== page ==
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Old Feb 23, 2006, 11:30 PM   #1
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Hi. I hope this is not a stupid question. But im wondering...with digital photography and the instant access to view your photos. Is there any use in using a light meter ? or i guess im wondering why people use the different metering modes in their camera...

with access to the histogram you can see the results right away and make any adjustments.....

anyone feel like sharing their opinions?
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Old Feb 24, 2006, 2:07 AM   #2
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Not really unless you want to retain old habit.

Different metering modes are for situations with too big dynamic range so that you can select what part you expose right.
That's where live exposure preview (image in LCD or EVF is literally what sensor sees ) helps... Actually there's no need for changing metering mode with good camera, just use exposure compensation. And if you want to capture widest dynamic range histogram is excellent help for that... or avoiding clipped highlights, also in high dynamic range situation it shows well how changing contrast setting affects to clipping of extremes. (decreasing contrast of incamera JPEGs helps somewhat in high dynamic range situation)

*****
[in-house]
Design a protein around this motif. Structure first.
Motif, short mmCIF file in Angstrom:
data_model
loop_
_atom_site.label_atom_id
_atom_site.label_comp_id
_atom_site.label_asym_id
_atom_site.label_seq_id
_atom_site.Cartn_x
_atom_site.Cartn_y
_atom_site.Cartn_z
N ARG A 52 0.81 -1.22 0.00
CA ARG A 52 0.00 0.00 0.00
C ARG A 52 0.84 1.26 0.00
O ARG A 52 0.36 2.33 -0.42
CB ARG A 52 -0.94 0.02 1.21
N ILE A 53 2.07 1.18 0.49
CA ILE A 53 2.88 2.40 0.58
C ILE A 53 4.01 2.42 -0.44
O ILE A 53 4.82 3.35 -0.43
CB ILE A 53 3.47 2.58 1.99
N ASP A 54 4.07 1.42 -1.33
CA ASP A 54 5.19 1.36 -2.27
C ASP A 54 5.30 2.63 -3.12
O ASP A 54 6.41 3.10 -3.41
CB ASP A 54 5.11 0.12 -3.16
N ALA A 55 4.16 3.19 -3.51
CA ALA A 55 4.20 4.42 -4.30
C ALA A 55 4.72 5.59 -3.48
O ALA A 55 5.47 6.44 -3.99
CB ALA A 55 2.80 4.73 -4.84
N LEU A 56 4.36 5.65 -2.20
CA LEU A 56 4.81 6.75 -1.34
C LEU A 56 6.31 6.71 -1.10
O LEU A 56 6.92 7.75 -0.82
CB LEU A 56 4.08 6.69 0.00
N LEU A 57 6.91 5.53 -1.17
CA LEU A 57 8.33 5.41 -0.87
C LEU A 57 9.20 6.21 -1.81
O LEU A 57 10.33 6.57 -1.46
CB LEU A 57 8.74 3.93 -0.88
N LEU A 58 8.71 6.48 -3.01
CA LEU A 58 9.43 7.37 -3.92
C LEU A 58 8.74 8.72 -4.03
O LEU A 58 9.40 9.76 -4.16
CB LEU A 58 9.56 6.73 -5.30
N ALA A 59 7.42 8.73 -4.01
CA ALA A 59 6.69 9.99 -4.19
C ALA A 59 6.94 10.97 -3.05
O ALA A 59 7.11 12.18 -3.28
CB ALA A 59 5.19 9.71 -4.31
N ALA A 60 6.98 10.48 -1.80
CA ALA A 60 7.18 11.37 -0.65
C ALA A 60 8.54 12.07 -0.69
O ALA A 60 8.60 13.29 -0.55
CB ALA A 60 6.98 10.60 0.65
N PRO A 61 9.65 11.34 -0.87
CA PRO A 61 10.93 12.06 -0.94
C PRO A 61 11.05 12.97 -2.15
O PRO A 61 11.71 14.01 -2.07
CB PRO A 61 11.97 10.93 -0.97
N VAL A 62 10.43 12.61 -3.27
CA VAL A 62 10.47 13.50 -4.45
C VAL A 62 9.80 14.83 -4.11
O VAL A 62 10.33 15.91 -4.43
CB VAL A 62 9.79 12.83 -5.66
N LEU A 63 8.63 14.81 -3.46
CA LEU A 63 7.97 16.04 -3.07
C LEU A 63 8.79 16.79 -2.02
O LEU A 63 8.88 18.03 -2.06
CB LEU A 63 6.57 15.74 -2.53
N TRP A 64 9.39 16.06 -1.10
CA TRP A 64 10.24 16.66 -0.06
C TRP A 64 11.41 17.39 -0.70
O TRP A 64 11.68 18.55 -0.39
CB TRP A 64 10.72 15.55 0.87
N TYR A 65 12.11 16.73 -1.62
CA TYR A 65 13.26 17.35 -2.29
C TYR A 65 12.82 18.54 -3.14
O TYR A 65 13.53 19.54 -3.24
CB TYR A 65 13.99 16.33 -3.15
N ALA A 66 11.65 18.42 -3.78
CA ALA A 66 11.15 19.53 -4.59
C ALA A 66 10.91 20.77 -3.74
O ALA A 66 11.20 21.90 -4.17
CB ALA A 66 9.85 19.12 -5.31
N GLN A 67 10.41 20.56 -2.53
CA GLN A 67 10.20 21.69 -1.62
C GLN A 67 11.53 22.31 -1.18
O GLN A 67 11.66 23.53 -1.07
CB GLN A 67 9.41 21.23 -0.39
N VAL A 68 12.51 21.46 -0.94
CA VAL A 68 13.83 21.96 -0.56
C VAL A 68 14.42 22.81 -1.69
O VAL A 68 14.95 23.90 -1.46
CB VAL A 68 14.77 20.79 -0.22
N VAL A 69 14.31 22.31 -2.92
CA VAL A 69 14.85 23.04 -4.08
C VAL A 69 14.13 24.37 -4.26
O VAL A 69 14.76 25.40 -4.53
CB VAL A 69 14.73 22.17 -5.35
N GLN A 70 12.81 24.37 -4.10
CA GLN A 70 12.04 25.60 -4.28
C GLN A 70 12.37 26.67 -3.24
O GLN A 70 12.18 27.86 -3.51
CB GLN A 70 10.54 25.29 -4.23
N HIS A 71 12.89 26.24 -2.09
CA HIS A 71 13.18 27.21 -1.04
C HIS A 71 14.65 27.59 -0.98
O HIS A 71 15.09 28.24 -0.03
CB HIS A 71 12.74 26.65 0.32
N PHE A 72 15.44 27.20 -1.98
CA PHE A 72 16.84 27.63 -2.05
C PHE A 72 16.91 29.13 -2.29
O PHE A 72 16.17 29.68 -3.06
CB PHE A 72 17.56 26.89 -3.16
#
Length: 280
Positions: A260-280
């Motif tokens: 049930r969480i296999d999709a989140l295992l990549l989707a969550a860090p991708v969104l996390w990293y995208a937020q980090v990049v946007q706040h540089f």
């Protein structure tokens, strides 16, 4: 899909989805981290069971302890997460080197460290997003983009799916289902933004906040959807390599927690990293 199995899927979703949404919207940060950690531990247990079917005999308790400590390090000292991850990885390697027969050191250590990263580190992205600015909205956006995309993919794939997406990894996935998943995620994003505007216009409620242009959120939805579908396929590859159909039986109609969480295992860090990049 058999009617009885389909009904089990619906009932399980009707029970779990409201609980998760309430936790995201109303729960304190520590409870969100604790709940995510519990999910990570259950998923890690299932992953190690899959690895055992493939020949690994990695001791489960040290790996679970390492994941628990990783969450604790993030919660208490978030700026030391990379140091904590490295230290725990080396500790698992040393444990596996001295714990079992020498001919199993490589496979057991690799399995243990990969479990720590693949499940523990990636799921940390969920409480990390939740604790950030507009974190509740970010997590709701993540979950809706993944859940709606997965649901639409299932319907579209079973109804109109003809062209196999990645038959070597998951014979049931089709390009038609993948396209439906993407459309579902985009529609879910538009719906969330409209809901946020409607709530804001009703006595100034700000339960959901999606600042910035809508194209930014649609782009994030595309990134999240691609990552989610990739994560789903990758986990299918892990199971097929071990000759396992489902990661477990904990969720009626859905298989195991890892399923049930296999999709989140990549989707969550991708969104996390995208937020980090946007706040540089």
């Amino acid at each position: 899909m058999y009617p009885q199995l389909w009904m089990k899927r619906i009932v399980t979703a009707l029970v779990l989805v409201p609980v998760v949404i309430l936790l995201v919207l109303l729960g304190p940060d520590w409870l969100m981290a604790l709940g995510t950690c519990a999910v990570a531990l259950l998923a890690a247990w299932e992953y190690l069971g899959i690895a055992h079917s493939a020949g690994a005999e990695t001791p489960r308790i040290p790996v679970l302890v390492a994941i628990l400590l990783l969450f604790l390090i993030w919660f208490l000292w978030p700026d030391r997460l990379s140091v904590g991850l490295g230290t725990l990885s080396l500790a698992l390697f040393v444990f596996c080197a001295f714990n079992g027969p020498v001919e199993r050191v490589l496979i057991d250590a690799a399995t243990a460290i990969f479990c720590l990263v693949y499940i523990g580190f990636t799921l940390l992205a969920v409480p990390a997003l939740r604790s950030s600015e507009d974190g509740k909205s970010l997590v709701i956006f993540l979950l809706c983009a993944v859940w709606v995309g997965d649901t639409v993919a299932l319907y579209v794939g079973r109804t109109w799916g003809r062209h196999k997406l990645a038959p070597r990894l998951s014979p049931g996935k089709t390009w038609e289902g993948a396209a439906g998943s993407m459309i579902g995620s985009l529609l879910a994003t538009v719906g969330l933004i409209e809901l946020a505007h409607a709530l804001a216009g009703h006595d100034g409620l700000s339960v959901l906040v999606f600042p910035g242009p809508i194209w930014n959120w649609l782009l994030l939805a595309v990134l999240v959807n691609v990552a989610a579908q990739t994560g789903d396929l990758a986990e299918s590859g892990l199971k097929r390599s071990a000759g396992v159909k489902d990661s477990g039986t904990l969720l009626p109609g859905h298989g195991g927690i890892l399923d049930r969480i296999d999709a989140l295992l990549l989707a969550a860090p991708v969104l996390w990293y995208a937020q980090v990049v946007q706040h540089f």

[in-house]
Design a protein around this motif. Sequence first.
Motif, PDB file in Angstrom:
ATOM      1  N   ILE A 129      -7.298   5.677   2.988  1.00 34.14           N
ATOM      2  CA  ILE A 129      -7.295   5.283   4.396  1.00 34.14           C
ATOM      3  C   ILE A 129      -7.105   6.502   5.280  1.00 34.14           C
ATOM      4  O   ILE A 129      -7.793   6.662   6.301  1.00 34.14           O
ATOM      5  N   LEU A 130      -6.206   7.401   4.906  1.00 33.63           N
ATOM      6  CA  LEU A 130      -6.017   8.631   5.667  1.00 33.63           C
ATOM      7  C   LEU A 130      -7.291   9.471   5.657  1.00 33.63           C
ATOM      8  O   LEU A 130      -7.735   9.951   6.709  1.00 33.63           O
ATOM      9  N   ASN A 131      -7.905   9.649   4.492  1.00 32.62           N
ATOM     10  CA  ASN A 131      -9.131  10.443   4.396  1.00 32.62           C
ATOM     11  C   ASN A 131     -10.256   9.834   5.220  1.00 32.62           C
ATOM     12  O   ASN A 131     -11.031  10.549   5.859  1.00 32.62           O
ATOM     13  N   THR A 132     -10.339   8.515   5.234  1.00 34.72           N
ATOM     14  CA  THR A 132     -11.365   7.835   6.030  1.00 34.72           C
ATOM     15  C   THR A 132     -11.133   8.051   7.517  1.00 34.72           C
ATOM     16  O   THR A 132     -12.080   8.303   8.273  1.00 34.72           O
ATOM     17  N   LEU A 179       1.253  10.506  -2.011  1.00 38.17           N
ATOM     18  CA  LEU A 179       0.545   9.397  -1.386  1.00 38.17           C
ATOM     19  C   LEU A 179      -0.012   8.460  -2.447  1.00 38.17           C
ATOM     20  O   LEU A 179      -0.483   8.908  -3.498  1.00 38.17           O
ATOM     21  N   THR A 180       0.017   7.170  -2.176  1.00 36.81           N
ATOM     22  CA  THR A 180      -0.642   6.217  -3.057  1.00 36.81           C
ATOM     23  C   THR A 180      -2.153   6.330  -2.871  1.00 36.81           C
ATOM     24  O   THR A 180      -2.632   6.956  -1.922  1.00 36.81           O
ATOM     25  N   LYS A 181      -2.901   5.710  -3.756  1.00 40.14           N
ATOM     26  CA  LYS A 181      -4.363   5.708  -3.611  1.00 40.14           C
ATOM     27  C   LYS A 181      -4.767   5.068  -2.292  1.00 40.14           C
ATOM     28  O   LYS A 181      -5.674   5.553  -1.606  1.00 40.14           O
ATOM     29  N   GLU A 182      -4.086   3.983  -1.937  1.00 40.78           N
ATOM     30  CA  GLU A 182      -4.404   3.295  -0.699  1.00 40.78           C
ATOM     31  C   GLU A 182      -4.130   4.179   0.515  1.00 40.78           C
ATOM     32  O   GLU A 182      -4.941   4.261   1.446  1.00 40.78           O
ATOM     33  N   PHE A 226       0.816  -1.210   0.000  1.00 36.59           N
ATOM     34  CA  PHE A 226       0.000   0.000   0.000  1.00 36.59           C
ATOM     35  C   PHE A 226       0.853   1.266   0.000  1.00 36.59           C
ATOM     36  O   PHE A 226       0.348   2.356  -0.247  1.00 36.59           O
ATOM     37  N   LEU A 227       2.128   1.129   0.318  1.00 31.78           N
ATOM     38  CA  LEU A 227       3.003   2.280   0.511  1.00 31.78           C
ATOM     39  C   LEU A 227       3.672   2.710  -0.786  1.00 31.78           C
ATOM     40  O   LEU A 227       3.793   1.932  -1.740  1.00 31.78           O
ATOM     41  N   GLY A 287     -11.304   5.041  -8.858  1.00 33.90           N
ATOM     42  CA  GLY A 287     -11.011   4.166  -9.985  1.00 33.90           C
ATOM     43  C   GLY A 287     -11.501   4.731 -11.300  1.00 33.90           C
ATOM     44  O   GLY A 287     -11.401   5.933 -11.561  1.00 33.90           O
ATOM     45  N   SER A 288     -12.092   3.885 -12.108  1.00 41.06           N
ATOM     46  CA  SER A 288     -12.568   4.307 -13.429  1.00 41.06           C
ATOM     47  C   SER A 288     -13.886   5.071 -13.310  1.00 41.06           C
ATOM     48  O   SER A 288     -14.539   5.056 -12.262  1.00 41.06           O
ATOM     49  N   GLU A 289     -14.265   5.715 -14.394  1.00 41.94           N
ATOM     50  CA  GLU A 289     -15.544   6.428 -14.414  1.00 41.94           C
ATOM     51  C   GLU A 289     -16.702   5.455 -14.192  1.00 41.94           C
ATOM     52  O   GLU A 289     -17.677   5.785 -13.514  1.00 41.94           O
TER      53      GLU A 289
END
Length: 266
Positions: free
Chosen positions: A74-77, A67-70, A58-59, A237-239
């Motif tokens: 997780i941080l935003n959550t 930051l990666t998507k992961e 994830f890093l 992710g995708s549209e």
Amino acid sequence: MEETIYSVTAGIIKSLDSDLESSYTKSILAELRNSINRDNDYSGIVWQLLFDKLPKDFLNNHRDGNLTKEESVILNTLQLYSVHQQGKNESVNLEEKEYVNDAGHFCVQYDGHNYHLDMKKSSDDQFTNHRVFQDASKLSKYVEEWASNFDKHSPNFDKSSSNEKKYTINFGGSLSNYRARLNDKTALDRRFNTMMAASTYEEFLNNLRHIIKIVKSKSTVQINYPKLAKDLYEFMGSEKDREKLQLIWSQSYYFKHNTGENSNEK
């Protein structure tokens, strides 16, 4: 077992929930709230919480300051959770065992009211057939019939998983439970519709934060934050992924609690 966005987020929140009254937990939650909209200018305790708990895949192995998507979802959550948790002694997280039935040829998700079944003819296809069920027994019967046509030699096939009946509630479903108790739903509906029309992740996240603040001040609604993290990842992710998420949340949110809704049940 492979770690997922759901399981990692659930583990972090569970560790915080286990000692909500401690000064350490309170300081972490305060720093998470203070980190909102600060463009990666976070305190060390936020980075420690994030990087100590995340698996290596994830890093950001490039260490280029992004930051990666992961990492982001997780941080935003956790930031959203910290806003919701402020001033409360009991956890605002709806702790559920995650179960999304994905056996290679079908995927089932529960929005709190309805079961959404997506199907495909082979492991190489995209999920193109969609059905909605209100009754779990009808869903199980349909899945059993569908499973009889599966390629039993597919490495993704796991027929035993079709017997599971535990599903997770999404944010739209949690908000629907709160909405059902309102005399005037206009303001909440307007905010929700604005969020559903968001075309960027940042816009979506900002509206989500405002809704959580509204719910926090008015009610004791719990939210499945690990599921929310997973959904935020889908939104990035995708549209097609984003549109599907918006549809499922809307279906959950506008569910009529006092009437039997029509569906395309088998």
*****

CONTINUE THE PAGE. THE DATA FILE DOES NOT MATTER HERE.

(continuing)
Now DLSRs are just halfly in digital age and lack live preview and histogram. (they have post-preview)
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Old Feb 24, 2006, 8:44 AM   #3
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dslr:

Last edited by bernabeu; Jun 27, 2015 at 4:24 PM.
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Old Feb 24, 2006, 4:39 PM   #4
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I tend to agree with the 'live' histogram - It's the major advantage of EVF based camera over dSLR's (especially on manual)

From Steve's review on the A2:


Basically What You See Is What You Get in the manual mode when you adjust the aperture or shutter in the EVF on the final image (The Hasselblad has a live histogram too)!

No review required - It's all done before the shot...
-> One can still do an AE lock and still move the histogram around :idea: